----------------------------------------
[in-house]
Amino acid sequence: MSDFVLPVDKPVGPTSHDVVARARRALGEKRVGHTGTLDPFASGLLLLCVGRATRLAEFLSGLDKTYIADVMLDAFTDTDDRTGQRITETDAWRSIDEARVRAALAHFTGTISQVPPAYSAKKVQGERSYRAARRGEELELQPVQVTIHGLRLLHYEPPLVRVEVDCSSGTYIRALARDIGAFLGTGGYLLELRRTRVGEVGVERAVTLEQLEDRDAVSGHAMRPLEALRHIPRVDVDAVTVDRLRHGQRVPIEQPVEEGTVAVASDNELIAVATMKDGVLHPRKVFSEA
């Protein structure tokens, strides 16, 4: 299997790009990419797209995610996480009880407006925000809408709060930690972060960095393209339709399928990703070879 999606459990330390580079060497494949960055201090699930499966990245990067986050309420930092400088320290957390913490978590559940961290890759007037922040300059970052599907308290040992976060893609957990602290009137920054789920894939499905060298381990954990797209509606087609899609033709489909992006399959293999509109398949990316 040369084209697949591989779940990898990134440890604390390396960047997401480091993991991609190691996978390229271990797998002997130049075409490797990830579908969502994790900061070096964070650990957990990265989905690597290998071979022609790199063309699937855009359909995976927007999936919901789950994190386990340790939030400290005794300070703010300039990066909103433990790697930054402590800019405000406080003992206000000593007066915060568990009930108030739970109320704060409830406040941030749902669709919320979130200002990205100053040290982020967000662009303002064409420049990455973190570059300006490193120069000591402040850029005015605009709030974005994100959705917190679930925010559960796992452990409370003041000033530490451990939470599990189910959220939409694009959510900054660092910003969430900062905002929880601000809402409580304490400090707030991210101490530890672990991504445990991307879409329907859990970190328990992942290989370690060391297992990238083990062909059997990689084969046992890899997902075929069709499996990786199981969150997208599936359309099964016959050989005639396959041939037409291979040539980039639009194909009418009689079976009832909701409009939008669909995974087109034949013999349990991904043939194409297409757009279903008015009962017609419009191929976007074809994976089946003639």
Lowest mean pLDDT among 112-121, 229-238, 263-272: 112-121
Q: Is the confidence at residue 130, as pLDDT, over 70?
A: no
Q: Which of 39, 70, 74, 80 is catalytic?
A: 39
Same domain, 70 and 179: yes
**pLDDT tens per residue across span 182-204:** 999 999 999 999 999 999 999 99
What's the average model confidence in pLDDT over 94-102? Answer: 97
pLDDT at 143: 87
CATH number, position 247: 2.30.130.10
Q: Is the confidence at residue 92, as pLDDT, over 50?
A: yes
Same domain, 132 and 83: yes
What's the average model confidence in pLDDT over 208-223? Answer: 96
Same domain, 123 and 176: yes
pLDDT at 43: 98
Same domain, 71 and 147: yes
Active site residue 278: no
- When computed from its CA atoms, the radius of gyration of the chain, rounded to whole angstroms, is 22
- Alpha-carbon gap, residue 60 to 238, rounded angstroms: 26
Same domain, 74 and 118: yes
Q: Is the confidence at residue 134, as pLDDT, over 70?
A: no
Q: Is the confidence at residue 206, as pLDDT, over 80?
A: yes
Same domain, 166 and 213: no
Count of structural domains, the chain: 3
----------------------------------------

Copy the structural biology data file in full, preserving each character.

[in-house]
Amino acid sequence: MSDFVLPVDKPVGPTSHDVVARARRALGEKRVGHTGTLDPFASGLLLLCVGRATRLAEFLSGLDKTYIADVMLDAFTDTDDRTGQRITETDAWRSIDEARVRAALAHFTGTISQVPPAYSAKKVQGERSYRAARRGEELELQPVQVTIHGLRLLHYEPPLVRVEVDCSSGTYIRALARDIGAFLGTGGYLLELRRTRVGEVGVERAVTLEQLEDRDAVSGHAMRPLEALRHIPRVDVDAVTVDRLRHGQRVPIEQPVEEGTVAVASDNELIAVATMKDGVLHPRKVFSEA
């Protein structure tokens, strides 16, 4: 299997790009990419797209995610996480009880407006925000809408709060930690972060960095393209339709399928990703070879 999606459990330390580079060497494949960055201090699930499966990245990067986050309420930092400088320290957390913490978590559940961290890759007037922040300059970052599907308290040992976060893609957990602290009137920054789920894939499905060298381990954990797209509606087609899609033709489909992006399959293999509109398949990316 040369084209697949591989779940990898990134440890604390390396960047997401480091993991991609190691996978390229271990797998002997130049075409490797990830579908969502994790900061070096964070650990957990990265989905690597290998071979022609790199063309699937855009359909995976927007999936919901789950994190386990340790939030400290005794300070703010300039990066909103433990790697930054402590800019405000406080003992206000000593007066915060568990009930108030739970109320704060409830406040941030749902669709919320979130200002990205100053040290982020967000662009303002064409420049990455973190570059300006490193120069000591402040850029005015605009709030974005994100959705917190679930925010559960796992452990409370003041000033530490451990939470599990189910959220939409694009959510900054660092910003969430900062905002929880601000809402409580304490400090707030991210101490530890672990991504445990991307879409329907859990970190328990992942290989370690060391297992990238083990062909059997990689084969046992890899997902075929069709499996990786199981969150997208599936359309099964016959050989005639396959041939037409291979040539980039639009194909009418009689079976009832909701409009939008669909995974087109034949013999349990991904043939194409297409757009279903008015009962017609419009191929976007074809994976089946003639």
Lowest mean pLDDT among 112-121, 229-238, 263-272: 112-121
Q: Is the confidence at residue 130, as pLDDT, over 70?
A: no
Q: Which of 39, 70, 74, 80 is catalytic?
A: 39
Same domain, 70 and 179: yes
**pLDDT tens per residue across span 182-204:** 999 999 999 999 999 999 999 99
What's the average model confidence in pLDDT over 94-102? Answer: 97
pLDDT at 143: 87
CATH number, position 247: 2.30.130.10
Q: Is the confidence at residue 92, as pLDDT, over 50?
A: yes
Same domain, 132 and 83: yes
What's the average model confidence in pLDDT over 208-223? Answer: 96
Same domain, 123 and 176: yes
pLDDT at 43: 98
Same domain, 71 and 147: yes
Active site residue 278: no
- When computed from its CA atoms, the radius of gyration of the chain, rounded to whole angstroms, is 22
- Alpha-carbon gap, residue 60 to 238, rounded angstroms: 26
Same domain, 74 and 118: yes
Q: Is the confidence at residue 134, as pLDDT, over 70?
A: no
Q: Is the confidence at residue 206, as pLDDT, over 80?
A: yes
Same domain, 166 and 213: no
Count of structural domains, the chain: 3